Alex Ovechkin

Caps’ owner will let Ovechkin play in Olympics


If Alex Ovechkin wants to play in the 2014 Winter Olympics in Sochi, Russia, then he can even if the NHL doesn’t participate.

“If they don’t and Alex still wants to go to the Olympics, I’m going to be honest, I’m going to let him go,” Leonsis said, according to the Washington Post. “I just think it’s kind of a once-in-a-lifetime thing for him to have something played in Russia.

“He’s going to be a torchbearer and it’s very important to him and his family. Who am I to get in the way of him wanting to fulfill that? And I know that’s a slippery slope because if Nick [Backstrom] says then he wants to play for Sweden, we’ll have to cross that bridge when we get to it. But I think that I’m going to lean to the side of the players in that one.”

Leonsis’ statements are nothing new. In fact, he said something very similar in 2009 in a The Hockey News report. Still, with less than 13 months until the start of the games and no commitment from the NHL, it’s noteworthy that Leonsis is strongly standing behind his earlier statements.

Ovechkin told the Post that he’s “proud” to have been selected as one of the torchbearers and plans to participate in the Olympics.

The Winter Games will take place from Feb. 7-23, so if the NHL opts against playing, then Ovechkin would be absent for a key portion of the season.

Leonsis added that the 2014 Olympics was “never brought up, discussed at all during the [labor] negotiations.” has the entire Leonsis Q&A (split into three parts) below:

“I’ve never made a penny of profit”

“Our fans will come back”

“Alex Ovechkin is psyched right now”

Add Lecavalier to list of expensive Flyers healthy scratches

Vincent Lecavalier
Leave a comment

Are the Philadelphia Flyers aiming for some sort of record when it comes to expensive (potential) healthy scratches?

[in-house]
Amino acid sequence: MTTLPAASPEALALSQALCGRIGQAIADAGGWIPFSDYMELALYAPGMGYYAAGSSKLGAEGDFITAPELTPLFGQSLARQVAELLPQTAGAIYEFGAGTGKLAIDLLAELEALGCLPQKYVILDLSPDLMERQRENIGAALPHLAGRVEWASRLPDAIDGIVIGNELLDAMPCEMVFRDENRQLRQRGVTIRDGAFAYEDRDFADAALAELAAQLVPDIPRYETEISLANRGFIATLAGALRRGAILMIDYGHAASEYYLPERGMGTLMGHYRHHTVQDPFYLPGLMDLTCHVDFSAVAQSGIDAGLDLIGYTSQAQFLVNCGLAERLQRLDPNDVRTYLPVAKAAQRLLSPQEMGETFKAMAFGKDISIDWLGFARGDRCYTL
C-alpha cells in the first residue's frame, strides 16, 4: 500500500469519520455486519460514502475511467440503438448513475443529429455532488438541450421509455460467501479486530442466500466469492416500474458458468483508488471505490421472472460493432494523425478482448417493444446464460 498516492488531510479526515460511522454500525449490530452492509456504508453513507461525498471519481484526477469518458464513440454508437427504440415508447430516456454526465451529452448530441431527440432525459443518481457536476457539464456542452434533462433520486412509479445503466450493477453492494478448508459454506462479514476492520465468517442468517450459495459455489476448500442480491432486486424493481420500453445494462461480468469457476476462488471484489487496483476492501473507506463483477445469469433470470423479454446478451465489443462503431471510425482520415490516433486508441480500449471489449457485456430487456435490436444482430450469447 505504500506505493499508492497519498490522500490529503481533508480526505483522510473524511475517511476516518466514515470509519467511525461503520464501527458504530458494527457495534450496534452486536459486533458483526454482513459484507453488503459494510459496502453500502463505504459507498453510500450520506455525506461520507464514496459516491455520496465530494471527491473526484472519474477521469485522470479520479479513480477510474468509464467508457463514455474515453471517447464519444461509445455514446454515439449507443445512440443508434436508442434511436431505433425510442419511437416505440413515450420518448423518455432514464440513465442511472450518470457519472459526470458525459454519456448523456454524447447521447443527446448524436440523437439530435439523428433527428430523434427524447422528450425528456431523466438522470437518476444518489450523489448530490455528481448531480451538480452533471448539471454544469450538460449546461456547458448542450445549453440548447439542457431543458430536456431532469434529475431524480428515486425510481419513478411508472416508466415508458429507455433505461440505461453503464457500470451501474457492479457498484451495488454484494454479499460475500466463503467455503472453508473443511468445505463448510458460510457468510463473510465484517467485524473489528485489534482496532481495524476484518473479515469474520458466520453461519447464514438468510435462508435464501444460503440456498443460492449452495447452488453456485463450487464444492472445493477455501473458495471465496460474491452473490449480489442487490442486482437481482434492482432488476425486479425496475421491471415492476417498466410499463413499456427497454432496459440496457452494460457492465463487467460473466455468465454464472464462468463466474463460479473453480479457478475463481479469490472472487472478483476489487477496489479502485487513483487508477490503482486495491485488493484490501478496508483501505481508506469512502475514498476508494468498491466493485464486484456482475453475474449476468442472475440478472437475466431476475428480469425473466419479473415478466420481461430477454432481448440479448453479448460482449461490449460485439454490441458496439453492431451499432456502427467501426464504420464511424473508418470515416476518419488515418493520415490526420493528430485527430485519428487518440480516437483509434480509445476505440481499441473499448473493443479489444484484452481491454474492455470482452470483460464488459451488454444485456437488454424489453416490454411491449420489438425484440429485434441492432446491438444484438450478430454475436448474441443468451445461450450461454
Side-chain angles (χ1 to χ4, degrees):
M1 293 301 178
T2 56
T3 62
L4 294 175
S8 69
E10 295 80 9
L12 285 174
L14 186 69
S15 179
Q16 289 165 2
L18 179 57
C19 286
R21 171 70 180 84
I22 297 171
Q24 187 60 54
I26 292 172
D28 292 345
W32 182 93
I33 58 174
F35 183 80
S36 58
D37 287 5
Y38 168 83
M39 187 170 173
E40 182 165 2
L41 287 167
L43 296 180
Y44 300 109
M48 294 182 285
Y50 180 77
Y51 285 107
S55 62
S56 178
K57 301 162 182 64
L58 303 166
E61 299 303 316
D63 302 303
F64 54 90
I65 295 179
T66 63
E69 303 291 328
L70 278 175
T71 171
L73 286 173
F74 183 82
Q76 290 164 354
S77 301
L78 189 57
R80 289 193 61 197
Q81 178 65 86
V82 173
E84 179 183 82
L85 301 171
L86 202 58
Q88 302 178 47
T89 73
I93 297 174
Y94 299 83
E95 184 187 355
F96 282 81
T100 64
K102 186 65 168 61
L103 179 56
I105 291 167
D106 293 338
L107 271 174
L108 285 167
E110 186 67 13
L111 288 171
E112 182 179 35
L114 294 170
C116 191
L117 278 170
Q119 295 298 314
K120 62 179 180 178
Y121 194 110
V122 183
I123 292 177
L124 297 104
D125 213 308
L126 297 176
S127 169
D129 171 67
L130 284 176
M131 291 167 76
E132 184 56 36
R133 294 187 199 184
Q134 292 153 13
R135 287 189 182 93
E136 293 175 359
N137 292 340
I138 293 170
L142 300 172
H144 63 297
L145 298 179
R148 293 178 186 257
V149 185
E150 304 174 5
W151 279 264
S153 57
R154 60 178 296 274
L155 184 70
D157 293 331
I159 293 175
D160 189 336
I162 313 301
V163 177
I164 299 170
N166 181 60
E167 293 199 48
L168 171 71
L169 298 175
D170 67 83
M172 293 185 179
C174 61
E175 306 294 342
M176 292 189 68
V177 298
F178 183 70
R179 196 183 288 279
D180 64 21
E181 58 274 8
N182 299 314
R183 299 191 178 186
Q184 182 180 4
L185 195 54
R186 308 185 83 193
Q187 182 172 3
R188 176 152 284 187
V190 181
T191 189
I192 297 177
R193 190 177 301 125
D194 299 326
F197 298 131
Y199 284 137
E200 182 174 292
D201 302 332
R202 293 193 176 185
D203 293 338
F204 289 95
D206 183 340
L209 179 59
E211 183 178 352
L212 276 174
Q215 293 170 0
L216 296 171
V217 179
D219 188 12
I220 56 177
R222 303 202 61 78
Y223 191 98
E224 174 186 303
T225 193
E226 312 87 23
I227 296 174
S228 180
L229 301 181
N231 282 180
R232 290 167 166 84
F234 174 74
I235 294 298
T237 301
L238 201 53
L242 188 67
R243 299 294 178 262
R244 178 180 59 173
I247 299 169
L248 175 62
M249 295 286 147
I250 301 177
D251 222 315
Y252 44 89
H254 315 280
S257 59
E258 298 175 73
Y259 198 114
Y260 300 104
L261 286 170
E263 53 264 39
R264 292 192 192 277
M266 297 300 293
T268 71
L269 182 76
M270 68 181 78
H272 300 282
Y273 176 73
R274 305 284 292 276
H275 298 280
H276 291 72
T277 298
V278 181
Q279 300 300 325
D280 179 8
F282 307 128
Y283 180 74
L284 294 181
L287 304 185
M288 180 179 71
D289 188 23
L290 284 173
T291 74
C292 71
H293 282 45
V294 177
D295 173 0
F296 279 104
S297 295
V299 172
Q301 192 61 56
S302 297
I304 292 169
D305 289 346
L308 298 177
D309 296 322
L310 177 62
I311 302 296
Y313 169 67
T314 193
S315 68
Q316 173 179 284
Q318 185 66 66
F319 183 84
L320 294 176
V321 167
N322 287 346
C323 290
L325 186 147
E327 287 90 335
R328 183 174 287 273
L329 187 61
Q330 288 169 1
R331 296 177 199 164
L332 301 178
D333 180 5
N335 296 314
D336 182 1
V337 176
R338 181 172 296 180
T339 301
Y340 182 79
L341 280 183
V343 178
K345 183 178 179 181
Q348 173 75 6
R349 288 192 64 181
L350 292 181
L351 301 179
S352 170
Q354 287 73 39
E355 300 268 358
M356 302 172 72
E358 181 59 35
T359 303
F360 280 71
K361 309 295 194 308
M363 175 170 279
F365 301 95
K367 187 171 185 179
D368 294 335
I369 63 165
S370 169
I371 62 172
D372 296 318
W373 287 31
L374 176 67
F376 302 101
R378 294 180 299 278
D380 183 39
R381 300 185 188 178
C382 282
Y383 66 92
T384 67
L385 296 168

While lineups are obviously subject to change, notes that Vincent Lecavalier appears to be among a rather rich group of Flyers who are expected to sit during their season-opener.

Also likely to be in street clothes: Sam Gagner and Luke Schenn.

That’s $11.3 million in cap space rotting on the bench, and that’s only counting what the Flyers are paying Gagner.

“I really don’t know what to say,” Lecavalier said. “I’ll practice hard and be ready when they call me up.”

The quotes from Lecavalier, Gagner and Schenn only get sadder from there, a reminder that there are human beings attached to these numbers – whether you focus on disappointing stats or bloated salaries.

Flyers fans with the urge to reach for an Alka-Setzler can at least take some comfort in knowing that the team will see $6.8 million in savings after this season, as both Gagner and Schenn are on expiring deals.

It could be a long season, though, and this Lecavalier headache may not truly end until his contract expires following the 2017-18 campaign.

Video: NHL drops hammer, suspends Torres for 41 games


One of the NHL’s most notorious hitters has been tagged by the league.

On Monday, the Department of Player Safety announced that San Jose forward Raffi Torres has been suspended 41 games — half of the regular season — for an illegal check to the head of Anaheim’s Jakob Silfverberg.

The length of Torres’ suspension is a combination of the Silfverberg hit and Torres’ history of delivering hits to the heads of opposing players, including Jordan Eberle, Jarret Stoll, Nate Prosser and Marian Hossa.

“Torres has repeatedly violated league playing rules,” the Department of Player Safety explained. “And has been sanctioned multiple times for similar infractions.”

The league also noted that Torres has been warned, fined, or suspended on nine occasions over the course of his career, “the majority of which have involved a hit to an opponent’s head.”

“Same player every year,” Ducks forward Ryan Kesler said following the hit on Silfverberg. “I played with the guy [in Vancouver]. He needs to learn how to hit. That has no part in our game anymore.”

As for what lies ahead, things could get interesting upon potential appeal:

Torres successfully appealed a suspension under the previous CBA, getting his punishment for the Hossa hit reduced from 25 to 21 games.

Under terms of the new CBA, Torres isn’t categorized as a repeat offender because his last suspension came in May of 2013 — more than two years ago.

Of course, part of the reason Torres hasn’t run afoul of the league in two years is because he’s barely played.

Knee injuries limited Torres to just 12 games in ’13-14, and he sat out last season entirely.